First things first: it is illegal to take a hedgehog from the wild and put it in your garden, or to take one from your garden and translocate it to another home. Hedgehogs will not survive in new areas without being part of a complex release program. If you already have a hedgehog or are trying to encourage one, please be aware of the following:
Whilst they may eagerly lap it up, hedgehogs should not be given milk. Milk can upset their stomach and this is not something they would drink in the wild. The sugar content in milk is bad for their teeth.
Bread, Sweets and Treats
Bread, sweet foods and treats should similarly be avoided; they offer little nutritional value and can cause tooth decay. Remember, wildlife don’t have dentists to step in if their teeth rot, and without their teeth they will not survive.
If you have the good fortune of hosting a hedgehog, be sure not to disturb it, particularly if it is hibernating or if you have brood of newborn hedgehogs. Rousing a hibernating hedgehog requires great energy expenditure and uses up its valuable fat reserves. If awakened, provide it with a dish of dog or cat food and water each night until it goes into hibernation again. Disturbing a new mother often results in her abandoning or killing the hoglets. If you do accidentally disturb a nest, replace the nesting material so the hedgehog can repair it, and be sure to handle the nest as little as possible so as to not leave your scent on it. If babies are in the nest, keep an eye on it to make sure the mother returns. If there is no sign of her by the next morning, telephone us or your nearest wildlife rescue for advice.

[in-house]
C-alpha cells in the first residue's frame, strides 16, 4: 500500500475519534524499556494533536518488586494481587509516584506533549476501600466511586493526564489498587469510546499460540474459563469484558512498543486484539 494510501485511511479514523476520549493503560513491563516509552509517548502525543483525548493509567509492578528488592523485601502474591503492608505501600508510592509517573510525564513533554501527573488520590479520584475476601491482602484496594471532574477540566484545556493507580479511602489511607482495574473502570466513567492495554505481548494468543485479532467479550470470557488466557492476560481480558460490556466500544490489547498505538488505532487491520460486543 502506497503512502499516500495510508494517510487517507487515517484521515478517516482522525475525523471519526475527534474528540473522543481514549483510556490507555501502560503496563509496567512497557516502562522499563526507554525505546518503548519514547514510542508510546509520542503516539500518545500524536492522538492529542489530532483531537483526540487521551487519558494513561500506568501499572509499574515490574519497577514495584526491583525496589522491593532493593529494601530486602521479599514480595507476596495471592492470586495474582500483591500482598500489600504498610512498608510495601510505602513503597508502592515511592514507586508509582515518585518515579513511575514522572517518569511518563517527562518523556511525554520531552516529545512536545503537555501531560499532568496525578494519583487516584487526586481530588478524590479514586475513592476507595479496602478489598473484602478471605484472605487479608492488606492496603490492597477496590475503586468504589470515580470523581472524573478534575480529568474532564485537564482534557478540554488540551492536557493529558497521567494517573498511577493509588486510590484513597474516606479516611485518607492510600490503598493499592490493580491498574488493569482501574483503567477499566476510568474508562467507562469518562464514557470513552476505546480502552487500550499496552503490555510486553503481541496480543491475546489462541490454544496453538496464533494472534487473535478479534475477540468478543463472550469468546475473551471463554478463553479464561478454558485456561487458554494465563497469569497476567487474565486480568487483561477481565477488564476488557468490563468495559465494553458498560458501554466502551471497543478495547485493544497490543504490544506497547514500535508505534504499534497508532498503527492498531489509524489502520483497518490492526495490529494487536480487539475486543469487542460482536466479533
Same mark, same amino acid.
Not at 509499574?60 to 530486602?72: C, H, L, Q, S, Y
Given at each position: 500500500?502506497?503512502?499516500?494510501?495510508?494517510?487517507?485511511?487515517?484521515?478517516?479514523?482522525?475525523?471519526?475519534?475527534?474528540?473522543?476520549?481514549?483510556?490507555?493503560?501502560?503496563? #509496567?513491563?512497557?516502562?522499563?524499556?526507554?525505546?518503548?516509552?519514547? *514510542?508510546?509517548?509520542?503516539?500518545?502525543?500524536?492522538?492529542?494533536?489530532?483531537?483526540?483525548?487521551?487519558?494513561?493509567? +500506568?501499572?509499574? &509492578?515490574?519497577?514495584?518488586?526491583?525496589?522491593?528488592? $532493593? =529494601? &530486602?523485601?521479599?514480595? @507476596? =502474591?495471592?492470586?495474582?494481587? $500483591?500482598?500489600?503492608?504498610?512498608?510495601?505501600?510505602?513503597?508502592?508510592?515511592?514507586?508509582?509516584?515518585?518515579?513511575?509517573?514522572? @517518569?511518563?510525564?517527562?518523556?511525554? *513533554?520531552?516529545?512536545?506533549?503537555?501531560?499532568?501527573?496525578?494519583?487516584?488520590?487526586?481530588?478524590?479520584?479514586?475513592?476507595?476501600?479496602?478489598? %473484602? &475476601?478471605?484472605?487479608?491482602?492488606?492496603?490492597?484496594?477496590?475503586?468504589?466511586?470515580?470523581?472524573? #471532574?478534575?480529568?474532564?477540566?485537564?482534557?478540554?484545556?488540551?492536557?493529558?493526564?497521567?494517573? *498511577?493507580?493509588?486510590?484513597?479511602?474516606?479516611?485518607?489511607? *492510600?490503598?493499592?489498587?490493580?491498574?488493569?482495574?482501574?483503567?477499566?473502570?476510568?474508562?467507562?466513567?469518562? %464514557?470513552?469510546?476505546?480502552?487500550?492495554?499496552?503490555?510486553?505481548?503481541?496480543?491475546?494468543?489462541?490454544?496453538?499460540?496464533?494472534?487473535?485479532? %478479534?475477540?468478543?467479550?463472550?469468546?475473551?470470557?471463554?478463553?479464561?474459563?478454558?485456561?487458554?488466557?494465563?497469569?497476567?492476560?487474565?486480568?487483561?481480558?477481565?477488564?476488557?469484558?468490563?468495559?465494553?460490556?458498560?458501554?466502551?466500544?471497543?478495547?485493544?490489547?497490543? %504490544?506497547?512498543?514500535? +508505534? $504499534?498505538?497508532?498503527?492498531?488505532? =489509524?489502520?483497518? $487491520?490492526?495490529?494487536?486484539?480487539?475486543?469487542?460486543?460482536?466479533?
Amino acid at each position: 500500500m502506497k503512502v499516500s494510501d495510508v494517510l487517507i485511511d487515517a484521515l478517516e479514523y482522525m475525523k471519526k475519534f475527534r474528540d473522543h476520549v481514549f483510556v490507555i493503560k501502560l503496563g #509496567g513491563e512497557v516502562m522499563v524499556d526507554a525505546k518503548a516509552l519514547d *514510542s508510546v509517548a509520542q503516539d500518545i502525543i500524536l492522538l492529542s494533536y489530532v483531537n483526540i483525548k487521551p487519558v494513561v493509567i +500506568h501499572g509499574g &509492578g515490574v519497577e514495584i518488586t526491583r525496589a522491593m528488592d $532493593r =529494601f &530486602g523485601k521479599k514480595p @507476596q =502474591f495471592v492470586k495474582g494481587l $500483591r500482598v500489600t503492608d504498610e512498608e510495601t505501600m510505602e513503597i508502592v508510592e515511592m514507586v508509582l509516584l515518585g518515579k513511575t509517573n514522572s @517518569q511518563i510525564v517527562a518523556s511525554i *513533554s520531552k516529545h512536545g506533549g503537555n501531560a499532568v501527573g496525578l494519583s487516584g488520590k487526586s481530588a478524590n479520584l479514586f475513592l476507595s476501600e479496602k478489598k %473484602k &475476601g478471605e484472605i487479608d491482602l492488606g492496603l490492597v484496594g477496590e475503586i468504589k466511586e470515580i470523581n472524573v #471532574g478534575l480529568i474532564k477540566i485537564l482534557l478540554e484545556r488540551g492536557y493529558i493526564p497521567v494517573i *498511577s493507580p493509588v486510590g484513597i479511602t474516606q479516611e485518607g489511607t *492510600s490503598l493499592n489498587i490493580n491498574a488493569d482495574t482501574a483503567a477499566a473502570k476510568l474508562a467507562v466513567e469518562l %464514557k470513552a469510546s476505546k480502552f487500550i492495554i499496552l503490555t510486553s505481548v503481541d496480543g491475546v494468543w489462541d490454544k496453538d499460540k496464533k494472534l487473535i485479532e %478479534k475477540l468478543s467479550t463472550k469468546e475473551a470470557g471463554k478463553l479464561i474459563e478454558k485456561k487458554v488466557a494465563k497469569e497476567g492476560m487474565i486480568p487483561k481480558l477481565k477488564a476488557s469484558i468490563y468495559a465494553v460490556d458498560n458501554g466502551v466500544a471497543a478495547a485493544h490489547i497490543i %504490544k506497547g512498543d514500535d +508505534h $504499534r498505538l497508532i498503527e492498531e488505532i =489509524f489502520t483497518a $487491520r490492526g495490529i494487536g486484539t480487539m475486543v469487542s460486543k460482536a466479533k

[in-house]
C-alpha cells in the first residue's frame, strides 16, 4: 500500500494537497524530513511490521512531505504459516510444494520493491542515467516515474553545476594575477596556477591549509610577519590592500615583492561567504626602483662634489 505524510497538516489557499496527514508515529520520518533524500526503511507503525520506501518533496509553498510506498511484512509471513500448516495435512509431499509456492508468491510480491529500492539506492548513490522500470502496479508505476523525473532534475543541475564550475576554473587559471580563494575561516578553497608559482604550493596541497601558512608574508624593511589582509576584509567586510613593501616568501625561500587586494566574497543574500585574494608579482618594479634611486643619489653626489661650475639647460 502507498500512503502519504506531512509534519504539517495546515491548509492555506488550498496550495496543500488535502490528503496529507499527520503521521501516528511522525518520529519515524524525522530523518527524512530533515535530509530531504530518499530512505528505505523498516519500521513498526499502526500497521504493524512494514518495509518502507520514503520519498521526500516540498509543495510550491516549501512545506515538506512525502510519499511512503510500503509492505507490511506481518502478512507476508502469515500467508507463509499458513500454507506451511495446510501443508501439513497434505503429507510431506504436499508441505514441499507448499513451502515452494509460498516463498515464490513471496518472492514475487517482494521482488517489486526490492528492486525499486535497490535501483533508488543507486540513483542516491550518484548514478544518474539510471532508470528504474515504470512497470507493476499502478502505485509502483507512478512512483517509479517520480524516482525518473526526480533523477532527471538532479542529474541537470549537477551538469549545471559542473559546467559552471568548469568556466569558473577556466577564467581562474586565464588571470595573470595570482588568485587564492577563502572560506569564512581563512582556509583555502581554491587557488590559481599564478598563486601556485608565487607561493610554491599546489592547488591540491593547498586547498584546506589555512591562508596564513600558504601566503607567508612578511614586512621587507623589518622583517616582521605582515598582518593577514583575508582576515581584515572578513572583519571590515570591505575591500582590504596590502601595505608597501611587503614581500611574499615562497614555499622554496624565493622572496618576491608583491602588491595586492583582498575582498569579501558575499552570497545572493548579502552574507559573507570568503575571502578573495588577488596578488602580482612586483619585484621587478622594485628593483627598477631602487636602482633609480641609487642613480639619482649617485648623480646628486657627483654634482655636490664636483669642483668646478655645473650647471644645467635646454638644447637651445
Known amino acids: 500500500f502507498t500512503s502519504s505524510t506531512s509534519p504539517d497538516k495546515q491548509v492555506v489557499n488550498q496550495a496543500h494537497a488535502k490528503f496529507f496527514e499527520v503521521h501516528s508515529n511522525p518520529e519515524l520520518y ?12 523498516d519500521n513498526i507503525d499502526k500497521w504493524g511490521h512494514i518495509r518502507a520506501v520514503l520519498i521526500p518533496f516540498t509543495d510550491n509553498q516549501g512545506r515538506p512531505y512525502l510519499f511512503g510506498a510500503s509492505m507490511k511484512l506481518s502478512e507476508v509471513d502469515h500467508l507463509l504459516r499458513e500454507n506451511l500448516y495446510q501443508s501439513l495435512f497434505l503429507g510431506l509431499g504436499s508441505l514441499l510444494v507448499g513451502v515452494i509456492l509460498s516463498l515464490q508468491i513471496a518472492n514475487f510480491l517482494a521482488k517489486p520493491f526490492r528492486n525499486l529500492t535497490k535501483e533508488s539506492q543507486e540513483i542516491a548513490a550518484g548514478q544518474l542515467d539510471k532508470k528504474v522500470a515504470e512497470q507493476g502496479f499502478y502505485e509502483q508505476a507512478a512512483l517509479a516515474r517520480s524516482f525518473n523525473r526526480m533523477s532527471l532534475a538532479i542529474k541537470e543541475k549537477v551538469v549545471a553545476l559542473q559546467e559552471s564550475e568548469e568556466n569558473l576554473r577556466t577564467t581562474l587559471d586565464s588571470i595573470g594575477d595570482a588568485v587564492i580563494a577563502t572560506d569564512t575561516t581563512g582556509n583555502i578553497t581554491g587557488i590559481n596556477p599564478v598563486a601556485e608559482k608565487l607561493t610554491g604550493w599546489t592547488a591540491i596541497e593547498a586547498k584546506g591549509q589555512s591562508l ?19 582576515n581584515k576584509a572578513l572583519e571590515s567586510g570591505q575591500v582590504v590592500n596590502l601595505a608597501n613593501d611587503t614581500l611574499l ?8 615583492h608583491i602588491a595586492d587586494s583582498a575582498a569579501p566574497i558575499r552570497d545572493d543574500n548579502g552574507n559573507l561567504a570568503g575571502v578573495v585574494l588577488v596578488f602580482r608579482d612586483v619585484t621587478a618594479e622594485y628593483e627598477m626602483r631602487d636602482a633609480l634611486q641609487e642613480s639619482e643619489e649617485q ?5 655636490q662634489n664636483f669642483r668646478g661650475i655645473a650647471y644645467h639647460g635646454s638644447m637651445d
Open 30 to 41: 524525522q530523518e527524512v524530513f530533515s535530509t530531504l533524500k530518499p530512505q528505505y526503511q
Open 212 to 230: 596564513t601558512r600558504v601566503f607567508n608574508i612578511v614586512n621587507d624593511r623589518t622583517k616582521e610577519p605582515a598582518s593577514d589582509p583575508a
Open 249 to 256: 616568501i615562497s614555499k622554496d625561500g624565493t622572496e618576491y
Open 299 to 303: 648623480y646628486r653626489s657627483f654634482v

Always remember… 'Graces Giant Tale'
Grace says.. Imagine being asleep in your bed all safe and warm only to be woken by a giant peeling back the roof of your bedroom. Would you be scared ? I know I would be, so scared that I’d never go back home ever again. Your home is a safe place please don’t make me fear mine. Don't peek!